ALBUQUERQUE, NM — New Mexico Gov. Susana Martinez, Nevada Gov. Brian Sandoval and Florida Sen. Marc Rubio are popular, relative political newcomers in presidential battleground states. The rising GOP stars are also Hispanics, something the Republican Party makes no secret of hoping to capitalize on in the upcoming national elections.
National Republicans are inviting them on international fact finding trips, courting them for high-profile public appearances and whispering their names as possibilities for vice presidential nominations.
"They represent the American Dream," said Fred Malek, founder of the conservative American Action Network and its spinoff, the Hispanic Leadership Network, whose mission is to bring Hispanics into the party. "They represent what America is all about how to succeed. How to pull yourself up by the bootstraps, reach success and show leadership. They all share that."
But wooing the Hispanic vote takes more than floating candidates with Latino names, as was obvious last month when the Hispanic Leadership Network held a conference here. Martinez, after delivering the keynote dinner speech, was heckled by a group of some 50 young Latinos upset by her aggressive attempts to repeal a law that lets illegal immigrants get state driver's licenses.
"Stop the Hate," the protesters yelled while a table of conference attendees stood up and began chanting "USA, USA."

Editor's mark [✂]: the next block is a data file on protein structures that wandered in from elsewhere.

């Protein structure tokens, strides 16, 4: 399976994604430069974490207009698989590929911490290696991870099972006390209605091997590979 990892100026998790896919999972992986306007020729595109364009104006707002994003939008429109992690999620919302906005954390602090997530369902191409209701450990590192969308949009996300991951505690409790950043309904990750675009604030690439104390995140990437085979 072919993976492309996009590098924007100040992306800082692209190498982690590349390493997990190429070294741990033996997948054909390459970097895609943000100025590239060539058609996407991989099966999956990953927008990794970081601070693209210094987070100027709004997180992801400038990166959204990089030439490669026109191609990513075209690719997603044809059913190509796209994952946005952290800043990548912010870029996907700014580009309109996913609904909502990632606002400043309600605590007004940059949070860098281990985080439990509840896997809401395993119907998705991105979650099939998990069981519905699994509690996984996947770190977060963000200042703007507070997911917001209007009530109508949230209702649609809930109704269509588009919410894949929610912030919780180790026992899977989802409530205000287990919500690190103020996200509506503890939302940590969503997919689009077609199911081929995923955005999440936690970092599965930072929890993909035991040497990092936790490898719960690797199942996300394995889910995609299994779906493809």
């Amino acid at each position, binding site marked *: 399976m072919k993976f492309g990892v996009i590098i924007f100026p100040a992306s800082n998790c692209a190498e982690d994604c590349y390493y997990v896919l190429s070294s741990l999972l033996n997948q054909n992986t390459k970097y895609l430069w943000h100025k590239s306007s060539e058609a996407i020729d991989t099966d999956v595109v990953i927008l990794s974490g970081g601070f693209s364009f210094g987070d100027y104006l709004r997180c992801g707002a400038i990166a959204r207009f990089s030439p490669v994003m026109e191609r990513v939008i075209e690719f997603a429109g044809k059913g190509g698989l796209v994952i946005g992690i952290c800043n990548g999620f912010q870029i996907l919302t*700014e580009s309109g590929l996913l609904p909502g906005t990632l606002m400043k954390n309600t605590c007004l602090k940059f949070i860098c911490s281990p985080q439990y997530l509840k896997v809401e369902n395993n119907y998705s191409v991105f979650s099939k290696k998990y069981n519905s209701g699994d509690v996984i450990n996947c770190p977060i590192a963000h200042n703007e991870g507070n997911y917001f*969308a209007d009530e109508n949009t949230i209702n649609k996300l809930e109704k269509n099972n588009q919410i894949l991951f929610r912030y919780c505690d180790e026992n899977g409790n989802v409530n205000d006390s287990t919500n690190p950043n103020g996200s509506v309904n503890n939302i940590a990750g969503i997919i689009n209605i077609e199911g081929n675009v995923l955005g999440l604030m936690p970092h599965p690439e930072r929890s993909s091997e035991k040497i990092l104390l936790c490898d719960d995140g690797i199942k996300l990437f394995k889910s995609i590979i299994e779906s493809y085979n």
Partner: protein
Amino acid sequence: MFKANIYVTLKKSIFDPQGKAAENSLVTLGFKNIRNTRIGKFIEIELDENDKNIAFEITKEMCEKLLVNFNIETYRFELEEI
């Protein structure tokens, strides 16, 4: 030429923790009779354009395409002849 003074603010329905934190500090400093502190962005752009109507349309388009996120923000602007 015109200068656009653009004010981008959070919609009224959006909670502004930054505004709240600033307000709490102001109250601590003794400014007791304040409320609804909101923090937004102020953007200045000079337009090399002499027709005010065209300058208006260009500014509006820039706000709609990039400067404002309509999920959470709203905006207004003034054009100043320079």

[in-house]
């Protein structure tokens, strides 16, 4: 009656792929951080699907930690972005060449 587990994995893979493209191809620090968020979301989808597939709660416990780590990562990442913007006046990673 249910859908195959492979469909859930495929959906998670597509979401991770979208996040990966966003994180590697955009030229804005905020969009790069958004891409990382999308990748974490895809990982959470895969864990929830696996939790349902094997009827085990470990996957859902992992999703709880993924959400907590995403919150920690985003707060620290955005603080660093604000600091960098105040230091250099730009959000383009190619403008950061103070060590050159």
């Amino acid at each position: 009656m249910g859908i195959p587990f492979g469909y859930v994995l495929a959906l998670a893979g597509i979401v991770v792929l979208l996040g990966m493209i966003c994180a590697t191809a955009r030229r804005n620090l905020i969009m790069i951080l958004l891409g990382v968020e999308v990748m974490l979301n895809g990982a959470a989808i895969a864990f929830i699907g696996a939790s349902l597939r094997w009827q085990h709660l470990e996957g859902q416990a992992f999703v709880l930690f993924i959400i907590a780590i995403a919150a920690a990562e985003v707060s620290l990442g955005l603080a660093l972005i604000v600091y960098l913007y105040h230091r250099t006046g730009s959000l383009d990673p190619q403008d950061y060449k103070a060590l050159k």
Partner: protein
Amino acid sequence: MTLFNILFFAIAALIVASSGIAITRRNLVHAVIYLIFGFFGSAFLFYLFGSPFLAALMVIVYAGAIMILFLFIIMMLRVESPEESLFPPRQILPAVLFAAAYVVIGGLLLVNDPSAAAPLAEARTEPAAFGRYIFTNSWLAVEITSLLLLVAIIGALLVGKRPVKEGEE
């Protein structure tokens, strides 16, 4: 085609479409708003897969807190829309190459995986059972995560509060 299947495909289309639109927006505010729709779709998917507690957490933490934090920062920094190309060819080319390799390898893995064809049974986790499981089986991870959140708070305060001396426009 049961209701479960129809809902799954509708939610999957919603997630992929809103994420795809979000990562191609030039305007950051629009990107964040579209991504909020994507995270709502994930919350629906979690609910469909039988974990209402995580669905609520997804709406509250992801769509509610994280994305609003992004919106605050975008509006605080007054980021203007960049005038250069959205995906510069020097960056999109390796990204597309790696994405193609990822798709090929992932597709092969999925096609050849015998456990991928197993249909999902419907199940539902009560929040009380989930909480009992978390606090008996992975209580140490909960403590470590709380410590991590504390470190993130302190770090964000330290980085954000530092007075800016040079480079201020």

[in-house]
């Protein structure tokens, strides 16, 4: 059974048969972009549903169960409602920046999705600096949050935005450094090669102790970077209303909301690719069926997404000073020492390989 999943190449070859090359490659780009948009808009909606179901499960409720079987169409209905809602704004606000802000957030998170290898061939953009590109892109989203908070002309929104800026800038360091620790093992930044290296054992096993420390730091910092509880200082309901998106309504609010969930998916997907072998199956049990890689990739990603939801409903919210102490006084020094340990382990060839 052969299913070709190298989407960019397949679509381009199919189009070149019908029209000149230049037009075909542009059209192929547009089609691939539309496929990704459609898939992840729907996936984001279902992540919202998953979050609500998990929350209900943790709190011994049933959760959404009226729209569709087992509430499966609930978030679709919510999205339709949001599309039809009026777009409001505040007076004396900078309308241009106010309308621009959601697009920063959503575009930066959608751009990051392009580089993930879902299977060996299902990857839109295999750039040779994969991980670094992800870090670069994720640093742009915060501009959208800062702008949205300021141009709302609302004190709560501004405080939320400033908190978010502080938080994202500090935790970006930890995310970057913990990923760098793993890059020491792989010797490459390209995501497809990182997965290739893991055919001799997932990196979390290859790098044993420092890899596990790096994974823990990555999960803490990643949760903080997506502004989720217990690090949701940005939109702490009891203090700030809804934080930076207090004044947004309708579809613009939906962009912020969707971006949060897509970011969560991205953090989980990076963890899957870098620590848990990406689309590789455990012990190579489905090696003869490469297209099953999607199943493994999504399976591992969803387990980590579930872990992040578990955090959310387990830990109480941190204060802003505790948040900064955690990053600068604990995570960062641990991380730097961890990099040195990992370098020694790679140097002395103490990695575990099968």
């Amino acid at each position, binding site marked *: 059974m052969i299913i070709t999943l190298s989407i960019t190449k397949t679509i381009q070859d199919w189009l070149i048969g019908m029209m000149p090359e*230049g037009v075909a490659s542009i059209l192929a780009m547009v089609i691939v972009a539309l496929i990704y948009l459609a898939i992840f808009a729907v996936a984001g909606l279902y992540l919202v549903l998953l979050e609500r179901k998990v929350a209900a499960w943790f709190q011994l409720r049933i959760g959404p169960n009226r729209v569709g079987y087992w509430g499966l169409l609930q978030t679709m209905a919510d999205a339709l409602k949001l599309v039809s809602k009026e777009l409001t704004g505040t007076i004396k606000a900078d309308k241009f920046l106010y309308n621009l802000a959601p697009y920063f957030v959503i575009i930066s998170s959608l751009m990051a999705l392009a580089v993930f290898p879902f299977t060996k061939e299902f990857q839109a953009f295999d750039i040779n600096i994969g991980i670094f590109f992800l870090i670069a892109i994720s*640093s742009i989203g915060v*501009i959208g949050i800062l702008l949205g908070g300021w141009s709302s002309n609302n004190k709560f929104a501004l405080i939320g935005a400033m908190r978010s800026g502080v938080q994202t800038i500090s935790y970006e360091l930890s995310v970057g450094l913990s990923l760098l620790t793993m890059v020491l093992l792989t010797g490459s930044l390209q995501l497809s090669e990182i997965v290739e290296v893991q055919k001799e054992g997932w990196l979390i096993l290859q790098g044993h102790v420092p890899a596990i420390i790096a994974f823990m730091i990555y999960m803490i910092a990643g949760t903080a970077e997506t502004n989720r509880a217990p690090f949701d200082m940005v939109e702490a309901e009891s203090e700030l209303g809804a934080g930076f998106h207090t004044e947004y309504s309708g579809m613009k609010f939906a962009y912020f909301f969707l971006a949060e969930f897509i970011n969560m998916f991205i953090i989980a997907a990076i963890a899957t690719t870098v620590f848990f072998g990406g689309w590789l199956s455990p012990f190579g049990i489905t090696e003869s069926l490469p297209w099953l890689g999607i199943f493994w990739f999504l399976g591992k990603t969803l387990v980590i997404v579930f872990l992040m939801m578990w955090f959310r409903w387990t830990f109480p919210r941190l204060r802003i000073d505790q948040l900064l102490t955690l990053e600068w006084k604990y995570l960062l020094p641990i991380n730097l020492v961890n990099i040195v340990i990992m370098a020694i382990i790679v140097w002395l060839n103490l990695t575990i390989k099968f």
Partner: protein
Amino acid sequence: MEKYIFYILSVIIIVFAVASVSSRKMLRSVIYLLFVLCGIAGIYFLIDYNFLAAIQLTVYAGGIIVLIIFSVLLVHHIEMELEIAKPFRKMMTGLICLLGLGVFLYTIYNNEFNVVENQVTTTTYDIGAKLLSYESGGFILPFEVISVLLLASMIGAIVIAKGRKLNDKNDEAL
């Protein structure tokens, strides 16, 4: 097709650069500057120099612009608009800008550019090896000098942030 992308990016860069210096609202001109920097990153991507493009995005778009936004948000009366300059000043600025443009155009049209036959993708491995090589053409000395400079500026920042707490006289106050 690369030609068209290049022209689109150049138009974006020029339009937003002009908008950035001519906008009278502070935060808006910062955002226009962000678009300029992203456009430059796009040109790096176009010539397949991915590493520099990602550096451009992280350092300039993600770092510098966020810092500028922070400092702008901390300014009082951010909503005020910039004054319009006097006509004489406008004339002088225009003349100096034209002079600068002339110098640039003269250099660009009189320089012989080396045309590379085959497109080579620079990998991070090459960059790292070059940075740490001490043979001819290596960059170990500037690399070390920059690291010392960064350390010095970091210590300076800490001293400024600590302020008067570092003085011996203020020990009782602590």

The scene underscores the complexities both political parties face as they set their sights on the nation's biggest and fastest growing but traditionally Democratic-leaning minority group — which is as diverse as Martinez, Sandoval and Rubio and the swing states they represent. Rubio is the son of Cuban exiles, a group that tends to have widely different views on immigration than Mexican-Americans in the Southwest and border-state Hispanics who trace their roots to early Spanish settlers.
"It's just as dangerous to stereotype a Latino or a Latina voter as it is to assume that all white voters think and act the same way," said Dan Schnur, a former GOP strategist who now teaches at University of Southern California.
While having a Hispanic on a Republican ballot will never sway hard core Democrats and many traditionally liberal leaning groups, Schnur says it may cause some voters to give the GOP a second look.
And the Republican Party sees an opportunity to lure more moderate and conservative Hispanics with pro-family, pro-jobs, strong work ethic themes that appeal to immigrants.
"Here is the new frontier of immigrants," Malek said. "The people who came to this country for the same reason my grandparents came to this country at the turn of the last century -- to make their way and build their future."
Martinez is the granddaughter of illegal Mexican immigrants and a long-time southern New Mexico prosecutor who has alienated immigrant rights groups with her stance on the driver's license issue. She represents a state that is nearly 50 percent Hispanic, and one that tends to be more tolerant of Mexican immigrants — legal or illegal — than neighbors like Arizona. And while Martinez is the nation's first Latina governor, Hispanic politicians are far from a novelty here.
Sandoval, a former state attorney general and federal judge who took office the same time as Martinez, has focused less on his heritage and has largely avoided hot-button issues like immigration. He has also been more welcoming of the national spotlight.
He traveled at the invitation of the Pentagon to Iraq, Afghanistan and Kuwait, and met with governors in Utah, California, Tennessee and Kentucky to discuss foreign, environmental and economic policy.
Sandoval will be introduced to conservative voters outside Nevada next week when he'll help open a GOP presidential debate and political summit in Las Vegas.
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